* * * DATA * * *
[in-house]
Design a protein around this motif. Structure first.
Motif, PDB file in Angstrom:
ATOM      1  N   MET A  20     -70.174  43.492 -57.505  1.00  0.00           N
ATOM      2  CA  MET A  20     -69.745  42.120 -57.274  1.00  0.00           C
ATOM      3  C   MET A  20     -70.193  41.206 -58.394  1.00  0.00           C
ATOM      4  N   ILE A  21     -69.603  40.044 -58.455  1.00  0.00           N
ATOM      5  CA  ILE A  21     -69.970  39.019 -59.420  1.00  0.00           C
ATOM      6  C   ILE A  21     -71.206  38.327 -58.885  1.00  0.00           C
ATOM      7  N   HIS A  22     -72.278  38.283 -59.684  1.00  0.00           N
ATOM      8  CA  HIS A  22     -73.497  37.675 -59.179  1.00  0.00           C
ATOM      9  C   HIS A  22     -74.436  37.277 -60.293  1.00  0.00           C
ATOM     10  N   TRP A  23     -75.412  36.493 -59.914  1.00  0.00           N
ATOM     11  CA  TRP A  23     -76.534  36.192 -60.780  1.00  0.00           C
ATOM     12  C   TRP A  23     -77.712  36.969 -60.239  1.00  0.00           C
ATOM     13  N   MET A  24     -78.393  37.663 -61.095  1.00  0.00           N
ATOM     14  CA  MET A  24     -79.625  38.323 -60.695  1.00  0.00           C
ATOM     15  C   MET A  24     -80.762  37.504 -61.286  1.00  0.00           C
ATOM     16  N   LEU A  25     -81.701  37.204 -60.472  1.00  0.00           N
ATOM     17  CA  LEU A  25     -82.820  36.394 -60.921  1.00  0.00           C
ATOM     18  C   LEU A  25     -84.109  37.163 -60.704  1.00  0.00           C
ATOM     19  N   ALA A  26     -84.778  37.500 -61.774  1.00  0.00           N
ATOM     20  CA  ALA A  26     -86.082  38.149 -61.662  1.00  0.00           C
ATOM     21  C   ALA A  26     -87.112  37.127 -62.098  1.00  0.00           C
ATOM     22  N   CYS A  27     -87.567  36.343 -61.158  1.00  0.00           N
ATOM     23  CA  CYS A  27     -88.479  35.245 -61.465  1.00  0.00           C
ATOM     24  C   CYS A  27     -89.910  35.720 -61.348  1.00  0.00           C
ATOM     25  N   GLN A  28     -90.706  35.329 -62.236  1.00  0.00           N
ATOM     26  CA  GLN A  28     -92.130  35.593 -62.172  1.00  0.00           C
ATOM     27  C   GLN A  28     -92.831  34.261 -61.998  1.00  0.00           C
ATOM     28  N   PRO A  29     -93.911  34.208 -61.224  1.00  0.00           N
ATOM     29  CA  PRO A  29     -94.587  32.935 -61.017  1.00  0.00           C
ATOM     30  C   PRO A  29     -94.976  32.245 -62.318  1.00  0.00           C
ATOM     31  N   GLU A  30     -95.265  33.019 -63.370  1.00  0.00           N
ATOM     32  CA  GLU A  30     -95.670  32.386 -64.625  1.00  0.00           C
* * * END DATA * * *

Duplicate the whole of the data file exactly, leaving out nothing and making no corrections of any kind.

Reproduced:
[in-house]
Design a protein around this motif. Structure first.
Motif, PDB file in Angstrom:
ATOM      1  N   MET A  20     -70.174  43.492 -57.505  1.00  0.00           N
ATOM      2  CA  MET A  20     -69.745  42.120 -57.274  1.00  0.00           C
ATOM      3  C   MET A  20     -70.193  41.206 -58.394  1.00  0.00           C
ATOM      4  N   ILE A  21     -69.603  40.044 -58.455  1.00  0.00           N
ATOM      5  CA  ILE A  21     -69.970  39.019 -59.420  1.00  0.00           C
ATOM      6  C   ILE A  21     -71.206  38.327 -58.885  1.00  0.00           C
ATOM      7  N   HIS A  22     -72.278  38.283 -59.684  1.00  0.00           N
ATOM      8  CA  HIS A  22     -73.497  37.675 -59.179  1.00  0.00           C
ATOM      9  C   HIS A  22     -74.436  37.277 -60.293  1.00  0.00           C
ATOM     10  N   TRP A  23     -75.412  36.493 -59.914  1.00  0.00           N
ATOM     11  CA  TRP A  23     -76.534  36.192 -60.780  1.00  0.00           C
ATOM     12  C   TRP A  23     -77.712  36.969 -60.239  1.00  0.00           C
ATOM     13  N   MET A  24     -78.393  37.663 -61.095  1.00  0.00           N
ATOM     14  CA  MET A  24     -79.625  38.323 -60.695  1.00  0.00           C
ATOM     15  C   MET A  24     -80.762  37.504 -61.286  1.00  0.00           C
ATOM     16  N   LEU A  25     -81.701  37.204 -60.472  1.00  0.00           N
ATOM     17  CA  LEU A  25     -82.820  36.394 -60.921  1.00  0.00           C
ATOM     18  C   LEU A  25     -84.109  37.163 -60.704  1.00  0.00           C
ATOM     19  N   ALA A  26     -84.778  37.500 -61.774  1.00  0.00           N
ATOM     20  CA  ALA A  26     -86.082  38.149 -61.662  1.00  0.00           C
ATOM     21  C   ALA A  26     -87.112  37.127 -62.098  1.00  0.00           C
ATOM     22  N   CYS A  27     -87.567  36.343 -61.158  1.00  0.00           N
ATOM     23  CA  CYS A  27     -88.479  35.245 -61.465  1.00  0.00           C
ATOM     24  C   CYS A  27     -89.910  35.720 -61.348  1.00  0.00           C
ATOM     25  N   GLN A  28     -90.706  35.329 -62.236  1.00  0.00           N
ATOM     26  CA  GLN A  28     -92.130  35.593 -62.172  1.00  0.00           C
ATOM     27  C   GLN A  28     -92.831  34.261 -61.998  1.00  0.00           C
ATOM     28  N   PRO A  29     -93.911  34.208 -61.224  1.00  0.00           N
ATOM     29  CA  PRO A  29     -94.587  32.935 -61.017  1.00  0.00           C
ATOM     30  C   PRO A  29     -94.976  32.245 -62.318  1.00  0.00           C
ATOM     31  N   GLU A  30     -95.265  33.019 -63.370  1.00  0.00           N
ATOM     32  CA  GLU A  30     -95.670  32.386 -64.625  1.00  0.00           C